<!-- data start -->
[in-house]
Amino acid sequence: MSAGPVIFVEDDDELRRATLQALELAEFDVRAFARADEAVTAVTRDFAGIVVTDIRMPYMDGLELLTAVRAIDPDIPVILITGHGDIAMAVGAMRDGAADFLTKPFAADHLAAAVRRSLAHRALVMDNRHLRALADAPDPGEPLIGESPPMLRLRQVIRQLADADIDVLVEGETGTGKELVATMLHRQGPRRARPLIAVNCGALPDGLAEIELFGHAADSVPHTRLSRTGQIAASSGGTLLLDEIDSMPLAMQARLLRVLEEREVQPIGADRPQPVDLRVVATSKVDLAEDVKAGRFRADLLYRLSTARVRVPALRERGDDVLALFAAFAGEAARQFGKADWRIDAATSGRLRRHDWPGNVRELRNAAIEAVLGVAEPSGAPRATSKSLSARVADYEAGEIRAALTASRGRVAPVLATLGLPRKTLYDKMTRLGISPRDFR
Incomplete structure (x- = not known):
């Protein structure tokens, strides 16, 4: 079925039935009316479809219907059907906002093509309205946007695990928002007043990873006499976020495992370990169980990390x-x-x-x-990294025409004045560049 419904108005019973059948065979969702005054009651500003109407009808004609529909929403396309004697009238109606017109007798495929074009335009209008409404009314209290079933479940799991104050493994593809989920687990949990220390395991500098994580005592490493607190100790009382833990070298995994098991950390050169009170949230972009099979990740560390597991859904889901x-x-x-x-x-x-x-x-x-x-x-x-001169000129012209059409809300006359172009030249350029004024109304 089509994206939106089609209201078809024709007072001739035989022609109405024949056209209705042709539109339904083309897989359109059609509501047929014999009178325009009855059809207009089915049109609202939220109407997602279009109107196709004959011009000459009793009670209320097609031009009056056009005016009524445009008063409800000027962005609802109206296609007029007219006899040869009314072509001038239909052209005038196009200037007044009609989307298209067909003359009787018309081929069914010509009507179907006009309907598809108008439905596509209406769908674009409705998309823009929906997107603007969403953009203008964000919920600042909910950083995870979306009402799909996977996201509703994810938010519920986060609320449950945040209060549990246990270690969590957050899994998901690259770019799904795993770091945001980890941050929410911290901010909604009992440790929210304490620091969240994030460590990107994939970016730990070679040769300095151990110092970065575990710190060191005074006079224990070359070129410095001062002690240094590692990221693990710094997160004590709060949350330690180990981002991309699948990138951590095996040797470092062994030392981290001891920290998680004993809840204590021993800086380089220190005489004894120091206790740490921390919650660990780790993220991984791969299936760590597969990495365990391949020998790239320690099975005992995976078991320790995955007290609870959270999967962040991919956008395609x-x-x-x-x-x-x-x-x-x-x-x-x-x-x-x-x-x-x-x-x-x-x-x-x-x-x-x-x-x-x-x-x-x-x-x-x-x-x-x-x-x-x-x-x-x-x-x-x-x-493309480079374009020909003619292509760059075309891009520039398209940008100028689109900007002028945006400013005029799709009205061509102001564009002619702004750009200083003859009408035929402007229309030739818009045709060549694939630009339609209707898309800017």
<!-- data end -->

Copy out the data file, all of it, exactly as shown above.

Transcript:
[in-house]
Amino acid sequence: MSAGPVIFVEDDDELRRATLQALELAEFDVRAFARADEAVTAVTRDFAGIVVTDIRMPYMDGLELLTAVRAIDPDIPVILITGHGDIAMAVGAMRDGAADFLTKPFAADHLAAAVRRSLAHRALVMDNRHLRALADAPDPGEPLIGESPPMLRLRQVIRQLADADIDVLVEGETGTGKELVATMLHRQGPRRARPLIAVNCGALPDGLAEIELFGHAADSVPHTRLSRTGQIAASSGGTLLLDEIDSMPLAMQARLLRVLEEREVQPIGADRPQPVDLRVVATSKVDLAEDVKAGRFRADLLYRLSTARVRVPALRERGDDVLALFAAFAGEAARQFGKADWRIDAATSGRLRRHDWPGNVRELRNAAIEAVLGVAEPSGAPRATSKSLSARVADYEAGEIRAALTASRGRVAPVLATLGLPRKTLYDKMTRLGISPRDFR
Incomplete structure (x- = not known):
């Protein structure tokens, strides 16, 4: 079925039935009316479809219907059907906002093509309205946007695990928002007043990873006499976020495992370990169980990390x-x-x-x-990294025409004045560049 419904108005019973059948065979969702005054009651500003109407009808004609529909929403396309004697009238109606017109007798495929074009335009209008409404009314209290079933479940799991104050493994593809989920687990949990220390395991500098994580005592490493607190100790009382833990070298995994098991950390050169009170949230972009099979990740560390597991859904889901x-x-x-x-x-x-x-x-x-x-x-x-001169000129012209059409809300006359172009030249350029004024109304 089509994206939106089609209201078809024709007072001739035989022609109405024949056209209705042709539109339904083309897989359109059609509501047929014999009178325009009855059809207009089915049109609202939220109407997602279009109107196709004959011009000459009793009670209320097609031009009056056009005016009524445009008063409800000027962005609802109206296609007029007219006899040869009314072509001038239909052209005038196009200037007044009609989307298209067909003359009787018309081929069914010509009507179907006009309907598809108008439905596509209406769908674009409705998309823009929906997107603007969403953009203008964000919920600042909910950083995870979306009402799909996977996201509703994810938010519920986060609320449950945040209060549990246990270690969590957050899994998901690259770019799904795993770091945001980890941050929410911290901010909604009992440790929210304490620091969240994030460590990107994939970016730990070679040769300095151990110092970065575990710190060191005074006079224990070359070129410095001062002690240094590692990221693990710094997160004590709060949350330690180990981002991309699948990138951590095996040797470092062994030392981290001891920290998680004993809840204590021993800086380089220190005489004894120091206790740490921390919650660990780790993220991984791969299936760590597969990495365990391949020998790239320690099975005992995976078991320790995955007290609870959270999967962040991919956008395609x-x-x-x-x-x-x-x-x-x-x-x-x-x-x-x-x-x-x-x-x-x-x-x-x-x-x-x-x-x-x-x-x-x-x-x-x-x-x-x-x-x-x-x-x-x-x-x-x-x-493309480079374009020909003619292509760059075309891009520039398209940008100028689109900007002028945006400013005029799709009205061509102001564009002619702004750009200083003859009408035929402007229309030739818009045709060549694939630009339609209707898309800017």